1. The 3rd defendant is the appellant. He held a mortgage dated the 26th May, 1919, over the suit property which consists of two items. A mortgage of the same property had been executed in favour of the plaintiffs on 10th July, 1919. On 23rd November, 1925, the first item of the suit property was sold to the 3rd defendant in discharge of the mortgage over the two items. The 3rd defendant thus became the owner of the 1st item and as a result of his purchase the 2ad item was freed from his mortgage. When he purchased item No 1, the 3rd defendant did not know about the existence of the mortgage in plaintiffs' favour. The suit property belonged to the father of defendants Nos. 1 and 2. The second appeal arises out of a suit instituted by the plaintiffs to enforce their mortgage over the two items. The appellant contended that his prior mortgage-right over the first item should be regarded as still alive and that the plaintiffs should redeem it before they could succeed. This contention was rejected by the lower Courts and the only question argued in the second appeal is whether this contention should have been upheld.
2. It is common ground that the question should be decided with reference to the intention of the appellant as to when he purchased item No 1, whether he had intended to keep his own mortgage over it alive as a shield against the other mortgagees. Section 101 of the Transfer of Property Act provides that if a mortgagee or a charge-holder of property acquires the interest of the mortgagor or the owner, his own charge or mortgage becomes extinguished unless he declares by express words or necessary implication that it shall continue to subsist or such continuance would be for his benefit. The section raises a presumption in favour of merger rebuttable by proof of an intention to the contrary. This is no evidence regarding the intention of the 3rd defendant either way. In Gokaldas Gopal das v. Puranmal Premsukhdas 10 C.1035, 11 I. A. 126 : 8 Ind. Jur. 396 : 4 Sar.P.C.J.543 (P. C.). their Lordships of the Privy Council held that, where a man who pays off a mortgage has a right to extinguish it and a right to keep it alive, in the absence of express evidence of intention, he should be assumed to have acted according to his interest. See also Mohamed Ibrahim Hossain Khan v. Ambika Pershad Singh 14 Ind. Cas. 496 : 39 C. 527 : 11 M.L.T.265, (1912) M.W.N.367 : 2 A.L.J.332 : 14 Bom.L.R.280 : 16 C.W.N.505 : 150.L.J.411 : 22 M.L.J.468 : 39 I.A.68(P. C). In Ayyareddi v. Gopala-kvishnayya 79 Ind. Cas 592 : 47 M.190 : 19 L.W.215: 22 A.L.J.45 : 46 M.L.J.164 : A.I.R.1924P. C.36 : 26 Bom.L.R.204 : 34 M.L.T.1: 2 Pat.L.R.99 : 10 O & A. L. R. 269 : (1924) M.W.N.290 : 39: G. L. J. 204 : 28 C.W.N.1025 : 511, A. 140 : L. R. 5 A. (P. C.) 49 : 1 O. W. N. 27 (P. C.)., the Privy Council has again remarked as follows:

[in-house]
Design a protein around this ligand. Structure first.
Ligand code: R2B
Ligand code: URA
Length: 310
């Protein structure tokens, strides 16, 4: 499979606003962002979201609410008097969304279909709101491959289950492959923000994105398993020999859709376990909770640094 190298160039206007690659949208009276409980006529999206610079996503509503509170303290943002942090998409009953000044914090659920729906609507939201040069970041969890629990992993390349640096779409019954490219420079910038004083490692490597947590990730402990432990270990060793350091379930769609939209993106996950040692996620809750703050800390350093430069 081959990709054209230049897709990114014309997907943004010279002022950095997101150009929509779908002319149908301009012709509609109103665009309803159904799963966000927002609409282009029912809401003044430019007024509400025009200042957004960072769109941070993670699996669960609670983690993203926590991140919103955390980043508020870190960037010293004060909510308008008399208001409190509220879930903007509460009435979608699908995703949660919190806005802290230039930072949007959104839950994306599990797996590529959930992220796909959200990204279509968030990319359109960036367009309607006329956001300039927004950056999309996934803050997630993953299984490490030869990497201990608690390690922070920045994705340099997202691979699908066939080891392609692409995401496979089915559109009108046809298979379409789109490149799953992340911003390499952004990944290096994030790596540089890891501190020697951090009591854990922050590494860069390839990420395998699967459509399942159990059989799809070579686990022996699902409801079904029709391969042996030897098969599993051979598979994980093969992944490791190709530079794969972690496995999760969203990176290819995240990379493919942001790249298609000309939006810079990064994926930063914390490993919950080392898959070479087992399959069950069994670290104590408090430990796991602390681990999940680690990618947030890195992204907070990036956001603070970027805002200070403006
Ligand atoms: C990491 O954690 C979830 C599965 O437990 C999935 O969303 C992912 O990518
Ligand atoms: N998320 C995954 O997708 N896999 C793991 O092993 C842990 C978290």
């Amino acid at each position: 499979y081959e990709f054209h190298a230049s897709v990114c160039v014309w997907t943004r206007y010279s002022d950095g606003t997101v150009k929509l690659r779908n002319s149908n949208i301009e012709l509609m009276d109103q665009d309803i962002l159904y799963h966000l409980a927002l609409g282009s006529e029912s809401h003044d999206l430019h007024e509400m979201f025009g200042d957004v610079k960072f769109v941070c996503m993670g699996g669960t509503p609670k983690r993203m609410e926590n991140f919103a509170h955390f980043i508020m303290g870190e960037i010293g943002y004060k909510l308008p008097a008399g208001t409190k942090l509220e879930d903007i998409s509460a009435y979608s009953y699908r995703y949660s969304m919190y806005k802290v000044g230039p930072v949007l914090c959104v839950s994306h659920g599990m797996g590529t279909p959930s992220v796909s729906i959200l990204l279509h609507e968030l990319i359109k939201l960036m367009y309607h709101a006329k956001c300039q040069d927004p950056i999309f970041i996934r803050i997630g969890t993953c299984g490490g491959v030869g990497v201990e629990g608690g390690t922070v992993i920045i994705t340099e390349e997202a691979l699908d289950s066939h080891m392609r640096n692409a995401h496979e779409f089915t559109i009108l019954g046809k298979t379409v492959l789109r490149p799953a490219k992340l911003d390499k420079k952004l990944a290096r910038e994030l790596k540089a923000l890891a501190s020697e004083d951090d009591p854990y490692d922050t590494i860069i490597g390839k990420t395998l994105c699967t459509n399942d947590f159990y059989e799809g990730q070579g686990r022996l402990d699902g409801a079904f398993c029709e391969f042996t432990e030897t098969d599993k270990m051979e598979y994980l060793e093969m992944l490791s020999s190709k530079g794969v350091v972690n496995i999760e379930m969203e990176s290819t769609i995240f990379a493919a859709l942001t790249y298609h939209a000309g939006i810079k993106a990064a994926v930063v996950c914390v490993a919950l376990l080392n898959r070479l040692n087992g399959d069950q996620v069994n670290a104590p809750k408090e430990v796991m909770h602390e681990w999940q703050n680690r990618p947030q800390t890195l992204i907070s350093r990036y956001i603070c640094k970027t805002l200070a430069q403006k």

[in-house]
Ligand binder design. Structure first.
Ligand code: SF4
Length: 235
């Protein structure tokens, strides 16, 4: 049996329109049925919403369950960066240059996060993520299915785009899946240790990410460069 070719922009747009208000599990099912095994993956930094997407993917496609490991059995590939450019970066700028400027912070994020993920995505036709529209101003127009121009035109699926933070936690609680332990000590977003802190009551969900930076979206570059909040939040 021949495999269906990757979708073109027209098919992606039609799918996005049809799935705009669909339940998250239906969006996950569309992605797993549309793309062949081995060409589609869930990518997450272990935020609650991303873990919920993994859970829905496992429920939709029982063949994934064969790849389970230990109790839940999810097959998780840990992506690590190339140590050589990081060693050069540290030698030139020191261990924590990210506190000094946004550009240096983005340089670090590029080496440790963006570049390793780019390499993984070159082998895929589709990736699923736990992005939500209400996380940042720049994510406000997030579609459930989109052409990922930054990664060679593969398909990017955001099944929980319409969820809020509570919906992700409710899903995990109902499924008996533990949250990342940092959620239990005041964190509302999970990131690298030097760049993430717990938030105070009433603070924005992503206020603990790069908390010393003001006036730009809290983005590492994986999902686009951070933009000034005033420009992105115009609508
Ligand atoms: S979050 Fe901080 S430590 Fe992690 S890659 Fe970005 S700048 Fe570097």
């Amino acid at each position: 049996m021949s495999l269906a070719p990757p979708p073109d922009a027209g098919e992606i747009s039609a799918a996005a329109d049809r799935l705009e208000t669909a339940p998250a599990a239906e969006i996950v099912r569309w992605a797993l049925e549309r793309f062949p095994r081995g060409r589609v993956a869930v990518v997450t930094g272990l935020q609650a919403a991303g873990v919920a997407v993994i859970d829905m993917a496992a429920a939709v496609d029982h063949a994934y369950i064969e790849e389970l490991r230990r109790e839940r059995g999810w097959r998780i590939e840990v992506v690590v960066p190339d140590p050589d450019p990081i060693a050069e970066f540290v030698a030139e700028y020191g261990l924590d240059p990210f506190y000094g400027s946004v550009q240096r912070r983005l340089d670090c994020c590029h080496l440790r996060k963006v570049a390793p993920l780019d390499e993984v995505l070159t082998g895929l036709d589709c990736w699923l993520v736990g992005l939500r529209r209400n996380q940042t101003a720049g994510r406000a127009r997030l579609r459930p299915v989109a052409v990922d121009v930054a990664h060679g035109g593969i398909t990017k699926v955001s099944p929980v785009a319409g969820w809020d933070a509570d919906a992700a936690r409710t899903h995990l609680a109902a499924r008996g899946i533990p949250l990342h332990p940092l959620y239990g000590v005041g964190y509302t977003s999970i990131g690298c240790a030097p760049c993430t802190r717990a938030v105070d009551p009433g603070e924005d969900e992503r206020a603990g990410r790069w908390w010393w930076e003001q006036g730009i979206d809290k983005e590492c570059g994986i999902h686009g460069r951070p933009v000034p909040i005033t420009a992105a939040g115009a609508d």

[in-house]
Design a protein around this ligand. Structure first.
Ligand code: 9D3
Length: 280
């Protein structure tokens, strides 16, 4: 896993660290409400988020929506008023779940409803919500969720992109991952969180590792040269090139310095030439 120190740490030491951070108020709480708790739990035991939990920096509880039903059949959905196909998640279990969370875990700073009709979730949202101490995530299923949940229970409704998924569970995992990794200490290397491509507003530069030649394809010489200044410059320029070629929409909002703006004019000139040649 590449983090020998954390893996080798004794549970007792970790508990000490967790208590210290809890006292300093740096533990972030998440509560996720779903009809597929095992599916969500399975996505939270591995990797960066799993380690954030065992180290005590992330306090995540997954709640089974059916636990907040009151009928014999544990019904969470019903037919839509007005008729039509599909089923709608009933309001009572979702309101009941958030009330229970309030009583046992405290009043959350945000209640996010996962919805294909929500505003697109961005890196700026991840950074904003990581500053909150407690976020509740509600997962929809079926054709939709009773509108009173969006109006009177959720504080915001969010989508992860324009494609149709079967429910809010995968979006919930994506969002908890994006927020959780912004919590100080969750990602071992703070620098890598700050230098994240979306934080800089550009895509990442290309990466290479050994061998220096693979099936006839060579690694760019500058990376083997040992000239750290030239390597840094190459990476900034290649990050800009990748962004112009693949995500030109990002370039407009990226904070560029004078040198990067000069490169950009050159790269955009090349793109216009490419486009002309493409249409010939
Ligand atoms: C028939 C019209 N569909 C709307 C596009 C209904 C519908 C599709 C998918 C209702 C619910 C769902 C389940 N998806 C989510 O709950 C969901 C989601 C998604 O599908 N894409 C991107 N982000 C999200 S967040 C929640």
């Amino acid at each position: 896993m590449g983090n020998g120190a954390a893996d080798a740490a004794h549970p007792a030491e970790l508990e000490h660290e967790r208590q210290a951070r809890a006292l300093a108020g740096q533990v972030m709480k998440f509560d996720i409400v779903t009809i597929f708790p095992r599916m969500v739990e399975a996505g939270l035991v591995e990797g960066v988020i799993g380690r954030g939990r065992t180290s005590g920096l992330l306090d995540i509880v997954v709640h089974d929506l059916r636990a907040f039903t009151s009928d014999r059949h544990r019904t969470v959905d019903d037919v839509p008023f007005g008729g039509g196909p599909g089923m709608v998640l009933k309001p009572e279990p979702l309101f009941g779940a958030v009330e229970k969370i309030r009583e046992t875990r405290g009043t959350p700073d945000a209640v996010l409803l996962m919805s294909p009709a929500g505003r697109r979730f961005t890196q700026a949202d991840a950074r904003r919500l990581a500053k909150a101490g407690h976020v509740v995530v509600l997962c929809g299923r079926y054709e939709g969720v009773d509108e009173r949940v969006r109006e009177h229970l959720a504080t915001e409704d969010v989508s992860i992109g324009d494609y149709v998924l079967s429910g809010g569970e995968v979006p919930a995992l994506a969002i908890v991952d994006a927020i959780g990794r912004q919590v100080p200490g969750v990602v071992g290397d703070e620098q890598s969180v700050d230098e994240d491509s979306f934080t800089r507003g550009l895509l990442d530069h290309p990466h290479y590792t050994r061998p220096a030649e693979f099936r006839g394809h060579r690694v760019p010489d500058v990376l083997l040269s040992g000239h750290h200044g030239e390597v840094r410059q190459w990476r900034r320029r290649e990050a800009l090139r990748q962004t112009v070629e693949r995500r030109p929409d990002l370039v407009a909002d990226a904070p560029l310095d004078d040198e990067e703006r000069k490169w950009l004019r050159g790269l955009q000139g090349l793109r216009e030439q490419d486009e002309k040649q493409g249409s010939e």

It is now settled law that where in India there are soveral mortgages on a property, the owner of the property, subject to the mortgages may, if he pays off an earlier charge treat himself as buying it and stand in the same position as his vendor, or to put it in another way, he may keep the incumbrance alive for his benefit and thus come in before a later mortgagee.